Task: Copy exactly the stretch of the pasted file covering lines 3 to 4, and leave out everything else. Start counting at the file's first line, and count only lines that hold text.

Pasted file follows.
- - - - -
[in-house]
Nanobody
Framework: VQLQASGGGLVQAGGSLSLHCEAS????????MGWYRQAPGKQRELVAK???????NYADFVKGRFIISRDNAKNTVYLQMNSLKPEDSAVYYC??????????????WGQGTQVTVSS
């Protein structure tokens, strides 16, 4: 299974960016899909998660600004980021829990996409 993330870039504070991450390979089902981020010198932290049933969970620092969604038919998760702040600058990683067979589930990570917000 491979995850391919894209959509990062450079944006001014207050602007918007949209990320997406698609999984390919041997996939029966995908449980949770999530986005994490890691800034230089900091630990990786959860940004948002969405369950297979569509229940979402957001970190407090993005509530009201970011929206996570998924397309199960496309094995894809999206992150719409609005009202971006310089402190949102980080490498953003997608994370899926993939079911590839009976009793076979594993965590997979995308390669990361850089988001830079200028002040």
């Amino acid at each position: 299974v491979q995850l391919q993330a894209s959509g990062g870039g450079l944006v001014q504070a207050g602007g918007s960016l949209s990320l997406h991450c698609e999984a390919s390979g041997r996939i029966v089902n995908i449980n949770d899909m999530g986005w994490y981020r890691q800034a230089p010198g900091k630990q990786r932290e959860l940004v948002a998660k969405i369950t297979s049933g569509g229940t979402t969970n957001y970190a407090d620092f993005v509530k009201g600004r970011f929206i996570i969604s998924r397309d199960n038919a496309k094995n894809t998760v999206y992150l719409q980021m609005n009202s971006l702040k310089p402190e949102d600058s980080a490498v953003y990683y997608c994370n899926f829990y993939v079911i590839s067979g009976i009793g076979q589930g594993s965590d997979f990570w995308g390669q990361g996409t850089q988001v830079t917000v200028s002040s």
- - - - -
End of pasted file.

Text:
Framework: VQLQASGGGLVQAGGSLSLHCEAS????????MGWYRQAPGKQRELVAK???????NYADFVKGRFIISRDNAKNTVYLQMNSLKPEDSAVYYC??????????????WGQGTQVTVSS
């Protein structure tokens, strides 16, 4: 299974960016899909998660600004980021829990996409 993330870039504070991450390979089902981020010198932290049933969970620092969604038919998760702040600058990683067979589930990570917000 491979995850391919894209959509990062450079944006001014207050602007918007949209990320997406698609999984390919041997996939029966995908449980949770999530986005994490890691800034230089900091630990990786959860940004948002969405369950297979569509229940979402957001970190407090993005509530009201970011929206996570998924397309199960496309094995894809999206992150719409609005009202971006310089402190949102980080490498953003997608994370899926993939079911590839009976009793076979594993965590997979995308390669990361850089988001830079200028002040």